Microbiologically influenced corrosion (MIC) of carbon steel infrastructure is an emerging cost issue for the ethanol fuel industry. One bacterial species found in ethanol fuel environments, Acetobacter aceti, can convert ethanol to the corrosive species acetic acid. This study presents a methodology for varying the numbers of Acetobacter delivered to a carbon steel testing surface over three orders of magnitude during a seven day test. Biofilm coverage increased and pH decreased with higher cell exposure. Resulting corrosion rates, on the other hand, were inversely proportional to cell exposure, indicating that Acetobacter biofilms are able to protect carbon steel surfaces from corrosion. Mitigation techniques for MIC that harness the power of microbial communities have the potential to be scalable, inexpensive, and green solutions to industrial problems.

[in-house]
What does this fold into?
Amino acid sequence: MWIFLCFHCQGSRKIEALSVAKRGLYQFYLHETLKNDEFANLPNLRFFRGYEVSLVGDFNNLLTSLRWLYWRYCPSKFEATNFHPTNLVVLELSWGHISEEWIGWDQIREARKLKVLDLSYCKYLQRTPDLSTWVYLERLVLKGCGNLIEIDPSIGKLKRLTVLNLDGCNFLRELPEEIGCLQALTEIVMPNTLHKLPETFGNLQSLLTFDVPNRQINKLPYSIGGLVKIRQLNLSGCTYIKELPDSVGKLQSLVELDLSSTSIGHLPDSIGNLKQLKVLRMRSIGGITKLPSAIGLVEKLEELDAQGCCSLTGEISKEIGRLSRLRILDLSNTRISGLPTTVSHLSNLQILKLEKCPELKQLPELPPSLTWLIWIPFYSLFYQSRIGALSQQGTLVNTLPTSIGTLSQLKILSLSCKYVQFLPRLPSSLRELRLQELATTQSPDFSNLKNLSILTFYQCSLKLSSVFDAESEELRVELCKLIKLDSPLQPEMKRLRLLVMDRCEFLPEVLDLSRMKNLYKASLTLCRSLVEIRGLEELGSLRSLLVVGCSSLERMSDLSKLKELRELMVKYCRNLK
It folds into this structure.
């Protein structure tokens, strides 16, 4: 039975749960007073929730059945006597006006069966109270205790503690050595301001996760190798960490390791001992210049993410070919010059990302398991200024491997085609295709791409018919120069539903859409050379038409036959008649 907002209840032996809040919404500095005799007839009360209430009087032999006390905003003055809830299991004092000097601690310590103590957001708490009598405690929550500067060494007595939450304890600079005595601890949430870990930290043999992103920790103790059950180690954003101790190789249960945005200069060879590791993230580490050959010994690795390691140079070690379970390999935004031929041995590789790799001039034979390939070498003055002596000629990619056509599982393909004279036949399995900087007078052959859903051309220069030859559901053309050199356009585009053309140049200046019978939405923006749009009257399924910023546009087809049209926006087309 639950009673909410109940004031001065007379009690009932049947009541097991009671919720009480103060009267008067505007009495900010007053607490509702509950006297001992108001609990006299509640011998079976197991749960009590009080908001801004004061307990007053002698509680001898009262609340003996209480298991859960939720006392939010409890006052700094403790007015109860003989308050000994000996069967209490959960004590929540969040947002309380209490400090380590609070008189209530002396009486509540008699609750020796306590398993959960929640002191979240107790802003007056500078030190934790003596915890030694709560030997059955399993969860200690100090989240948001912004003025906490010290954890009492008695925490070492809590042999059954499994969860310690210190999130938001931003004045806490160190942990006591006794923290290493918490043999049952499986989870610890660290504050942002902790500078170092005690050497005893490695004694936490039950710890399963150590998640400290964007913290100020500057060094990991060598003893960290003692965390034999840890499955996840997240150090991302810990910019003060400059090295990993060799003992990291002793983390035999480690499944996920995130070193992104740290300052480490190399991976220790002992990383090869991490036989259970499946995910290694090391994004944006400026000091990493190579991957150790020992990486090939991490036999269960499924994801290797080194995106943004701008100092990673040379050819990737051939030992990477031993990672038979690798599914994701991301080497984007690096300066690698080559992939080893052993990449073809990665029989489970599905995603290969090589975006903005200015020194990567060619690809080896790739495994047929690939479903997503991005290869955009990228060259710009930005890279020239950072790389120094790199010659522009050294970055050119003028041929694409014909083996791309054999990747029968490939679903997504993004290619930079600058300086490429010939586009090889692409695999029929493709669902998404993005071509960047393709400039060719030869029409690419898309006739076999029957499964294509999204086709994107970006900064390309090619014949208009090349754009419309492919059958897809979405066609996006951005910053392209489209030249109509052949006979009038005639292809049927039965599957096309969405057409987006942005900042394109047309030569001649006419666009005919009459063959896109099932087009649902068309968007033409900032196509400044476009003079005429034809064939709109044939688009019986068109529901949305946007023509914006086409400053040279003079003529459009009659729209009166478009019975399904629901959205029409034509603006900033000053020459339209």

Journal of Materials Engineering and Performance
Microbiologically influenced corrosion, Acetobacter, ethanol, inhibition, carbon steel, biofilms